Praise Removal of Negligent Medical Staff


Target: Commissioner LaDonna H. Thompson, Kentucky Department of Corrections

Goal: Applaud termination of employment for three negligent prison physicians

Three members of the Kentucky State Penitentiary’s medical staff have been fired due to their negligence which resulted in the death of a mentally ill inmate. Steve Hiland, the prison’s lead physician, who has been involved in several other cases of negligence, was among those fired. The incident also led to a review of practices which uncovered other issues, such as staff failure to adequately monitor patients’ medical well-being.

James Kenneth Embry, 57, began a hunger strike when prison psychologists refused to put him back on an anti-anxiety medication which he had stopped taking. Despite Embry’s self-harm and recurring mentions of suicide, staff determined that he exhibited no serious signs of mental illness. He refused to eat for weeks before being moved to an observation cell where staff again did not address the patient’s mental health problems.

Embry remained on hunger strike for weeks, his condition quickly deteriorating as he lost weight. When medical staff recommended he be moved to the infirmary, superiors not only refused the request, but recommended that Embry be taken off hunger strike watch. He died later that day of dehydration, with underlying starvation issues.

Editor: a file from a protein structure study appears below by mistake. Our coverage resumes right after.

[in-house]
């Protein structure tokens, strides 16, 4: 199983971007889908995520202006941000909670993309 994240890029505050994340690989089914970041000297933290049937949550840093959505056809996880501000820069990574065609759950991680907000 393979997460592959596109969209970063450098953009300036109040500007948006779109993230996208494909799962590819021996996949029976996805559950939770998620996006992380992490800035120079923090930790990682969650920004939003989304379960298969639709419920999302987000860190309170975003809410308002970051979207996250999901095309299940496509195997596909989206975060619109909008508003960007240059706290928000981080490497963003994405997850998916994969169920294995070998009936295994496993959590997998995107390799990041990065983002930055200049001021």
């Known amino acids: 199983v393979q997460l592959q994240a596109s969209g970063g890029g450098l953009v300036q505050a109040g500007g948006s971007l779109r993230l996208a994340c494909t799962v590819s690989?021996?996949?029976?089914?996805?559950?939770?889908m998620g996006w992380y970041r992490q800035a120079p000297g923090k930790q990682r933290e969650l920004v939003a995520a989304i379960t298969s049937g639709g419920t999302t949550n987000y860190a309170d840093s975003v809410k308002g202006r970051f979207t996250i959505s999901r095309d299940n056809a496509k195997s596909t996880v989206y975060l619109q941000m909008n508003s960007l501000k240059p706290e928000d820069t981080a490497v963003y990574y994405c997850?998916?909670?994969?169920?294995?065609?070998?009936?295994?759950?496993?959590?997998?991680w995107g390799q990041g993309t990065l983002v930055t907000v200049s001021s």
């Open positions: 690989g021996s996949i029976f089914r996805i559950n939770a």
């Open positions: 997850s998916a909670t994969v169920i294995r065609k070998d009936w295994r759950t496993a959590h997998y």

The investigation concluded that the lead physician Hiland had failed to adequately check up on patients during his visits. He has been sued over 100 times in the past 20 years for negligence-related cases, including the death of an inmate who Hiland believed was faking an illness. Two others, including the staff member who refused Embry entry into the infirmary, were also fired.

As prison can create or exacerbate mental illness, it is imperative that all prison staff are adequately monitoring and treating mental health issues. The termination of these negligent employees and reforms in medical processes will create a far better care environment for ill patients. Commend the Kentucky Corrections Department for their efforts to ensure proper treatment for prisoners.


Dear Commissioner LaDonna H. Thompson,

Three medical staff members were recently dismissed from their positions at the Kentucky State Penitentiary after a prisoner died due to negligence. The staff failed to treat James Kenneth Embry’s mental illnesses with medication, despite his self harm and refusal to eat. Staff then failed to transport Embry to the infirmary when his condition declined, and allowed him to die of dehydration and starvation.

The primary purpose of prison is rehabilitation, and it is therefore necessary to attend to all mental health issues with proper treatment. I applaud the correctional department’s attempts to ensure proper care for all patients, and ask that you continue to hold medical staff to the highest standards of care.


[Your Name Here]

Photo credit: Tulane Public Relations via Flickr Creative Commons

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